Slovakia takes over the six-month rotating presidency of the Council of the EU.


EU leaders and their Chinese counterparts meet in Beijing and agree to move forward their strategic partnership. Leaders also agree to have another round of the human rights dialogue between the EU and China later this year in Brussels.


A terrorist attack in Nice, France, leaves 87 people dead and over 300 injured.


The European Commission presents its Energy Union and Climate Action package aimed at accelerating the transition to low-carbon emissions in all sectors of the economy in Europe.



The European Commission concludes that Ireland has granted undue tax benefits of up to €13 billion to Apple. This is illegal under EU state aid rules because it allowed Apple to pay substantially less tax than other businesses. Ireland must now recover the illegal aid.



In his State of the Union speech, European Commission President Jean-Claude Juncker outlines his vision for a better Europe - “a Europe that protects, empowers and defends”. The President underlines the need to invest strongly in youth, job seekers and start-ups.


At an informal meeting in Bratislava, Slovakia, 27 heads of state or government meet to begin a political reflection on the further development of an EU with 27 member countries, following the UK's decision to leave the Union. They agree on the Bratislava Declaration and Roadmap, which set out the objectives for the coming months.


British national Julian King is appointed as Member of the European Commission responsible for 'Security Union'. He replaces Jonathan Hill who resigned following the United Kingdom's June referendum on EU membership.


EU ministers approve the ratification by the European Union of the UN 'Paris Agreement' on climate change, agreed in December 2015. This allows the agreement to enter into force.



The European Border and Coast Guard Agency is officially launched to reinforce the management and security of the EU's external borders.


At a European Council meeting in Brussels, EU leaders discuss trade, migration and Russia, including the latter's role in Syria.


The European Commission announces plans to overhaul the way in which companies are taxed in the Single Market, in order to deliver a growth-friendly and fair corporate tax system.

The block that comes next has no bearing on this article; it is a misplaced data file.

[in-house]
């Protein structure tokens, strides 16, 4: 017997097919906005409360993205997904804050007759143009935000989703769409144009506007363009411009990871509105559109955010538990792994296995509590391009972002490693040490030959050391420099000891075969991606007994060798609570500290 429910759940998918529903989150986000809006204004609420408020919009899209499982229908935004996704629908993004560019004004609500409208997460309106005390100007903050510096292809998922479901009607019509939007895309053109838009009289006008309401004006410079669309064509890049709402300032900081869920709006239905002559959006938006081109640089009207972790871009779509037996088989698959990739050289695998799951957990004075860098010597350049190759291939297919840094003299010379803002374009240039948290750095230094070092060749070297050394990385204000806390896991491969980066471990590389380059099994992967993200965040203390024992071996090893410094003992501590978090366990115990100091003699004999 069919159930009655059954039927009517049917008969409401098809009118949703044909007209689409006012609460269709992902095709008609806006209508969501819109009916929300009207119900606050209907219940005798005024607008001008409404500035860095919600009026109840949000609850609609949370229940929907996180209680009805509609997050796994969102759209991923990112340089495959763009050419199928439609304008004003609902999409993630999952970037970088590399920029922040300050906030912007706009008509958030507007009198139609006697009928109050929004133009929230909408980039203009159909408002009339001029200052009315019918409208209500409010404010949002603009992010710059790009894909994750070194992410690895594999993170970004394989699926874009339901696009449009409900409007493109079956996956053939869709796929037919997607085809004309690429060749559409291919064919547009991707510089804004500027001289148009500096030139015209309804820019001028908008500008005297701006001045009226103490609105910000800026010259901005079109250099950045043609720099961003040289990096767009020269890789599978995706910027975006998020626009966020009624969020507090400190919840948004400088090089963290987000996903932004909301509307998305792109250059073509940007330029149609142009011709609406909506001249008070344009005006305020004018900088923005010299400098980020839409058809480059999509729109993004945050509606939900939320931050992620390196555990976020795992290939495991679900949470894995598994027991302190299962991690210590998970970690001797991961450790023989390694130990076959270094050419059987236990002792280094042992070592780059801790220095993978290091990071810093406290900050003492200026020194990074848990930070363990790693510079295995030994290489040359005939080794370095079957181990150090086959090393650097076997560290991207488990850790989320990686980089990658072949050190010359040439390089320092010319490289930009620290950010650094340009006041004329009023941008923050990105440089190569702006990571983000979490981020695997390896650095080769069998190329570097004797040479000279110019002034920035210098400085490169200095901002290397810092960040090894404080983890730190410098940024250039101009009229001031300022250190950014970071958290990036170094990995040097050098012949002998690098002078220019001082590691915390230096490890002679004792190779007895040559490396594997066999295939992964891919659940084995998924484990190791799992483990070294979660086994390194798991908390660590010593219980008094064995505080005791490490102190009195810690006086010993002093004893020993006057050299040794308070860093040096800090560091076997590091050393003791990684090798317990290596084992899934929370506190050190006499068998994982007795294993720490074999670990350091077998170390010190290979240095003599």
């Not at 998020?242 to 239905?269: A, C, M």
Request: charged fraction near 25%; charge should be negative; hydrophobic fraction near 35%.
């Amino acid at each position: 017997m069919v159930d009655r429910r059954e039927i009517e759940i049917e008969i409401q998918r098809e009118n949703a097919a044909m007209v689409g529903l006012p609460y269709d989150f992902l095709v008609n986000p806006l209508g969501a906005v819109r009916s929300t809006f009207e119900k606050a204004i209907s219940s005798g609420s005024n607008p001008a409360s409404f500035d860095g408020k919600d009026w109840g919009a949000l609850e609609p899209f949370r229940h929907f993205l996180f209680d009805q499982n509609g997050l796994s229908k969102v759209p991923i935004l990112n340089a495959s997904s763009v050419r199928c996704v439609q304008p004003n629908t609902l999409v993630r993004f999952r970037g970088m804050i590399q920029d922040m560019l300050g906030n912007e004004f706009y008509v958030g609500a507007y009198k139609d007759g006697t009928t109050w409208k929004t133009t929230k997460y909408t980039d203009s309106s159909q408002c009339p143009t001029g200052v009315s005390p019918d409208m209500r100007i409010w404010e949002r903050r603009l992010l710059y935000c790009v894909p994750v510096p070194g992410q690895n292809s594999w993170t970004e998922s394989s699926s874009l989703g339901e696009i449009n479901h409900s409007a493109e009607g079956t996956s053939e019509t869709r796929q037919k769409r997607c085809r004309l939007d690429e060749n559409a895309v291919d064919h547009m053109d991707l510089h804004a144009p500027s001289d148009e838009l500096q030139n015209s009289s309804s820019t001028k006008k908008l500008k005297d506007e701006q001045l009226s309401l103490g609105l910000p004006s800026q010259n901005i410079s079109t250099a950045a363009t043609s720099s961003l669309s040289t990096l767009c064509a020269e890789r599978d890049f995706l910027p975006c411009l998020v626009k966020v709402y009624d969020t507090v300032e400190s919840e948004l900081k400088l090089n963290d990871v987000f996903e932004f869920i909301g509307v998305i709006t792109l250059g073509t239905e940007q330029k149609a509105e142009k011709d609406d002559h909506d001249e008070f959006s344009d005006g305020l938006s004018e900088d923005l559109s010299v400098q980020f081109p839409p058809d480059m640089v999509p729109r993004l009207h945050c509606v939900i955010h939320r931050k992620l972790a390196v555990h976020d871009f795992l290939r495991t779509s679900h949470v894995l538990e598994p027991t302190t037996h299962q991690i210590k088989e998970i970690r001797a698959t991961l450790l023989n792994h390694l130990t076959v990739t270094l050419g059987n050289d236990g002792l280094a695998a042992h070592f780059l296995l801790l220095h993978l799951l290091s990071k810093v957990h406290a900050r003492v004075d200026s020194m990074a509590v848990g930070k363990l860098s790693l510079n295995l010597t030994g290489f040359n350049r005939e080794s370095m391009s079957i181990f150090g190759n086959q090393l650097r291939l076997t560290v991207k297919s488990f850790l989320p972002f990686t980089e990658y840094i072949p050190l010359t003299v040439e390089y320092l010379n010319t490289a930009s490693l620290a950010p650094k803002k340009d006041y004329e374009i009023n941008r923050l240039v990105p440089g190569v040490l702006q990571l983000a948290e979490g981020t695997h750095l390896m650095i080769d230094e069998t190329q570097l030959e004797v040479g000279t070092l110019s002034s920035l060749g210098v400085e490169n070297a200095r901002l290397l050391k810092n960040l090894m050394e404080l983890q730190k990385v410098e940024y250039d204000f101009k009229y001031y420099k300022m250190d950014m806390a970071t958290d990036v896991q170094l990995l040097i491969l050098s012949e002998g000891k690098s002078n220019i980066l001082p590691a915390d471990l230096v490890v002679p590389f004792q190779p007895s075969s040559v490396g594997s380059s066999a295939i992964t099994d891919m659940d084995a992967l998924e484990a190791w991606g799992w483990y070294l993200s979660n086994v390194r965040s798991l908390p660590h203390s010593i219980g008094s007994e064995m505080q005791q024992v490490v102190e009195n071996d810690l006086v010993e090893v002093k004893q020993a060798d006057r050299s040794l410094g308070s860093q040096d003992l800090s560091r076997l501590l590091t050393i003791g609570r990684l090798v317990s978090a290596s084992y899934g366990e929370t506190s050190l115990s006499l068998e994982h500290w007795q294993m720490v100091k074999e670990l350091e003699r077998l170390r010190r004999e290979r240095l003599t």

EU and Canadian leaders meet in Brussels to sign the Comprehensive Economic and Trade Agreement, also known as 'CETA'.



EU and Ukrainian leaders meet in Brussels. Since the last summit in 2015, Ukraine has worked on an ambitious reform agenda, with strong EU support.


The European Commission presents a package of measures entitled 'Clean Energy for all Europeans'. It has three main goals: putting energy efficiency first, achieving global leadership in renewable energies and providing a fair deal for consumers.



The first-ever joint declaration to fast-track a set of EU priority proposals is signed by the Presidents of the EU Parliament, Council and Commission. They pledge, on behalf of their institutions, to make “substantial progress” in key policy areas next year.


At a European Council meeting in Brussels, European leaders discuss the most pressing issues including migration, security, economy, youth and external relations.


The European Commission adopts a package of measures to strengthen the EU's capacity to fight the financing of terrorism and organised crime in the areas of money laundering, illicit cash flows and the freezing and confiscation of assets.




For the first time, Malta takes over the Presidency of the Council of the European Union. Its programme identifies its priorities as migration, security, social inclusion, the single market and Europe's neighbourhood and maritime policies.


New rules enter into force obliging Member States to automatically exchange information on all new cross-border tax rulings that are given to multinational companies in all EU countries.


Aarhus in Denmark and Pafos in Cyprus share the title of 'European Capital of Culture' in 2017. Both cities will host events to promote their local culture. The German city of Essen is the European Green Capital for 2017.


MEPs elect the Italian conservative Antonio Tajani as President of the European Parliament.